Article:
If you ask locals about their favorite mountain biking trail, you might be surprised by how many different answers you will get.

A premier mountain biking destination, Park City was the first to receive Gold Level Ride Center™ status by the leading authority for the sport, the International Mountain Biking Association (IMBA). This designation is based on a comprehensive list of criteria including a thorough review of the trail system. Of the 37 Ride Center™ destinations worldwide ranked as Gold, Silver or Bronze, only six have Gold Level status.

Park City’s trails stand out for a number of reasons. With an extensive network of over 400 miles of public access trails accessible from the heart of town, there’s something for every level of rider – from no experience necessary to white-knuckle technical. The town itself offers numerous options for accommodations and dining, and with only a thirty-minute drive from the airport – it’s incredibly easy to get here and get pedaling.

The Park City community is strongly committed to mountain biking, and it takes a village to build, maintain, protect and expand such a vast system of trails. Leading the charge is the Mountain Trails Foundation, a non-profit advocacy group that (in collaboration with other city and county entities) has a goal to provide a singletrack trail within a half mile of every home in the area. Mountain Trails Foundation is an excellent resource for locals as well as tourists; their website (www.mountaintrails.org) has everything you need to plan a ride including interactive maps, updated trail conditions and event information.

With so many options, perhaps planning your mountain biking adventure feels a bit intimidating. Here are six trails with varying levels of difficulty and a bike park for everyone to get you started:

This roughly eight-mile, beginner-to-intermediate trail system boasts gorgeous views, and a variety of uphill climbs, downhill cruises and some technical bits along the way. With multiple access points and lots of twisty turns, you can’t go wrong in Round Valley.

You can go for hours on this 25-mile, mostly-intermediate trail system that includes both rolling and steep terrain, with some difficult sections.

Spiro Trail is a great, 6.2-mile out-and-back ride with an incredible 1,400-foot vertical ascent over 3.1 miles. If the climb wears you out, the thrill of the descent will surely recharge your batteries! Spiro is also the gateway to many other trails, making it perfect to jump on anytime.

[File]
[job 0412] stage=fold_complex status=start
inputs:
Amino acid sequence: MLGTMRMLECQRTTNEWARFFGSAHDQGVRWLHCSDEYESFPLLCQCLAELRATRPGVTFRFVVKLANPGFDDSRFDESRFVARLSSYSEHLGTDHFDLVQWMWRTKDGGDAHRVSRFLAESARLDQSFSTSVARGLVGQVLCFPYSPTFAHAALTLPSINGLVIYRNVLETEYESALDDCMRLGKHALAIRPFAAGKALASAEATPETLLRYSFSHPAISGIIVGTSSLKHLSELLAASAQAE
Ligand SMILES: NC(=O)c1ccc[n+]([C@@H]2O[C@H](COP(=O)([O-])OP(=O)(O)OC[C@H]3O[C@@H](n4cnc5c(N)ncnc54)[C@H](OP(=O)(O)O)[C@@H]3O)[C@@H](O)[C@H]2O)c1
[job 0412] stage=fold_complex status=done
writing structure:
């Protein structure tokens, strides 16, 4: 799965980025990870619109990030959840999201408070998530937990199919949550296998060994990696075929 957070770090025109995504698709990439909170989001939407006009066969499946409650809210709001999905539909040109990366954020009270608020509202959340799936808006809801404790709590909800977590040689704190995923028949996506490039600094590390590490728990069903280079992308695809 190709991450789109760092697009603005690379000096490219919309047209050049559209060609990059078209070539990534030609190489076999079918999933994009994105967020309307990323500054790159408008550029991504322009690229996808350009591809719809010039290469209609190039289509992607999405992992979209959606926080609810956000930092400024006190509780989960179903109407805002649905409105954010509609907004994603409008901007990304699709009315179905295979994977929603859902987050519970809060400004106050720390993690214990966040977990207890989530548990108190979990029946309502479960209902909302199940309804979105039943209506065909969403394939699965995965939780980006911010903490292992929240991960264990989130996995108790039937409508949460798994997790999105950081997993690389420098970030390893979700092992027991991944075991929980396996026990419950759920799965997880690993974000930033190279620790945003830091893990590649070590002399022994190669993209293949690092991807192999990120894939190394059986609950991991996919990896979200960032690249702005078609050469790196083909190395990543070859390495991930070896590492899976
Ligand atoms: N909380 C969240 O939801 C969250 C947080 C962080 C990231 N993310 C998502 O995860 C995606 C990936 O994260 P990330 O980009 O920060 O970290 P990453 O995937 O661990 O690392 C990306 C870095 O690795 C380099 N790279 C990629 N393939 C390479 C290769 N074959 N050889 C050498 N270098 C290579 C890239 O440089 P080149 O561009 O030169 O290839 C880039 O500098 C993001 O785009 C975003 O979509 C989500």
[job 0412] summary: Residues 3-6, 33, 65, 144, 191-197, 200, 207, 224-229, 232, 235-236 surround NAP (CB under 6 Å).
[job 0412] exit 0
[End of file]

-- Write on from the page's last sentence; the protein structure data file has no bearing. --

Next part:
Sharing a trailhead with Spiro, Armstrong is a one-way, uphill-only climb to the Mid Mountain Trail with a new connection to Dawn’s Trail Loop. Suitable for strong, advanced-beginners or conditioned intermediates, the climb is sustained but not steep ˆ you probably won’t even need the granny gear.

For the intermediate-to-expert rider, the 28-mile, high-altitude Mid Mountain Trail (much of it at 8,000 feet) o° ers big climbs, stunning vistas and multiple access points. Single-track dominates through aspen groves and meadows. Be sure to acclimate to the altitude before attempting this one.

ROAD TO ARCYLON, GORGOZA TRAIL, UP TRAIL Road to Arcylon (NO LYCRA spelled backwards) is an exciting downhill trail with expert level, man-made features. It’s found near Gorgoza Park ˆ the supporting trails Gorgoza and Up Trail are used to access this downhill. (Note: ˜ e connections to neighborhood trails to the south and east are private trails for residents only.)

Trailside Bike Park is for all: from Five-year-olds just mastering two wheels to expert technical riders with years of experience.
For beginners, there’s a fun pump track, FOLLow trail and skills trail. Intermediate riders can take advantage of the slopestyle/jump trail, while advanced riders won’t want to miss the more technical, all-mountain trail and the advanced freeride trail.

FOUR LEGGED FRIENDS – Parkites love their dogs as much as their mountain bikes, so be aware that Fido might be running alongside his owner — proceed with caution on fast downhills with blind turns.

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